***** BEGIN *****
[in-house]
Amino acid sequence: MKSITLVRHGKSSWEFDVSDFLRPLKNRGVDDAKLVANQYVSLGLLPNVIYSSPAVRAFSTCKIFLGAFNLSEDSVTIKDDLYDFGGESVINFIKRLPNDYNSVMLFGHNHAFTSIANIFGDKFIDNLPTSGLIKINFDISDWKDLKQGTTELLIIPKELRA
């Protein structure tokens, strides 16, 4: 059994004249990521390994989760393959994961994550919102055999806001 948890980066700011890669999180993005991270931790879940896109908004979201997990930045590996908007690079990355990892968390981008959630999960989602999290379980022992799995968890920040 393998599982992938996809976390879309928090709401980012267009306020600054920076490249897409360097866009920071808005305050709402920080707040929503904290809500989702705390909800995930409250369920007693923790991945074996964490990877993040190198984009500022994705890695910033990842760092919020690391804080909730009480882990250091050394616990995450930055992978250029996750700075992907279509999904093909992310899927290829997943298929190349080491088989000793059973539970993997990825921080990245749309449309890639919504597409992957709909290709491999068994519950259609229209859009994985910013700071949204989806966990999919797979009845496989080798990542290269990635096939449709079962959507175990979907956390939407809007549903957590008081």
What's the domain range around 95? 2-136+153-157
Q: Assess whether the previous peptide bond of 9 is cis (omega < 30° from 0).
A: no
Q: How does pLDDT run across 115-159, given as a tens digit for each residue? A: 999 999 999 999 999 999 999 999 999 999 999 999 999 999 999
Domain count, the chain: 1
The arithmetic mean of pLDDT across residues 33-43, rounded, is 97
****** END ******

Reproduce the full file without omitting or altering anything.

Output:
[in-house]
Amino acid sequence: MKSITLVRHGKSSWEFDVSDFLRPLKNRGVDDAKLVANQYVSLGLLPNVIYSSPAVRAFSTCKIFLGAFNLSEDSVTIKDDLYDFGGESVINFIKRLPNDYNSVMLFGHNHAFTSIANIFGDKFIDNLPTSGLIKINFDISDWKDLKQGTTELLIIPKELRA
């Protein structure tokens, strides 16, 4: 059994004249990521390994989760393959994961994550919102055999806001 948890980066700011890669999180993005991270931790879940896109908004979201997990930045590996908007690079990355990892968390981008959630999960989602999290379980022992799995968890920040 393998599982992938996809976390879309928090709401980012267009306020600054920076490249897409360097866009920071808005305050709402920080707040929503904290809500989702705390909800995930409250369920007693923790991945074996964490990877993040190198984009500022994705890695910033990842760092919020690391804080909730009480882990250091050394616990995450930055992978250029996750700075992907279509999904093909992310899927290829997943298929190349080491088989000793059973539970993997990825921080990245749309449309890639919504597409992957709909290709491999068994519950259609229209859009994985910013700071949204989806966990999919797979009845496989080798990542290269990635096939449709079962959507175990979907956390939407809007549903957590008081």
What's the domain range around 95? 2-136+153-157
Q: Assess whether the previous peptide bond of 9 is cis (omega < 30° from 0).
A: no
Q: How does pLDDT run across 115-159, given as a tens digit for each residue? A: 999 999 999 999 999 999 999 999 999 999 999 999 999 999 999
Domain count, the chain: 1
The arithmetic mean of pLDDT across residues 33-43, rounded, is 97